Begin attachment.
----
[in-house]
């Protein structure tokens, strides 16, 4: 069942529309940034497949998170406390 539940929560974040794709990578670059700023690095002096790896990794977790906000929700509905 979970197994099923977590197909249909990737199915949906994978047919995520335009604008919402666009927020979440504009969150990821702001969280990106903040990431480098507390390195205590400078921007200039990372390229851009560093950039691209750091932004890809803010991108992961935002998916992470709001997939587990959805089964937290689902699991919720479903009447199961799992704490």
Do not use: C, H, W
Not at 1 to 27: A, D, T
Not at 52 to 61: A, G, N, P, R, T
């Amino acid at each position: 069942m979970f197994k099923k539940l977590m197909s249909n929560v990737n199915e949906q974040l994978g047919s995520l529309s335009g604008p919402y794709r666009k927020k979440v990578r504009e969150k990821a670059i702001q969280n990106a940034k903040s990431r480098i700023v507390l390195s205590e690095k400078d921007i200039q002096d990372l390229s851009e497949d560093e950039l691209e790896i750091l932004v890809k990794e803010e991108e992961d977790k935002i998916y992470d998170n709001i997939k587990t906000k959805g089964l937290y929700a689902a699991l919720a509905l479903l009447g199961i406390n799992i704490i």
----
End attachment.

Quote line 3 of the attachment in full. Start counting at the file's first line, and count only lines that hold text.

Do not use: C, H, W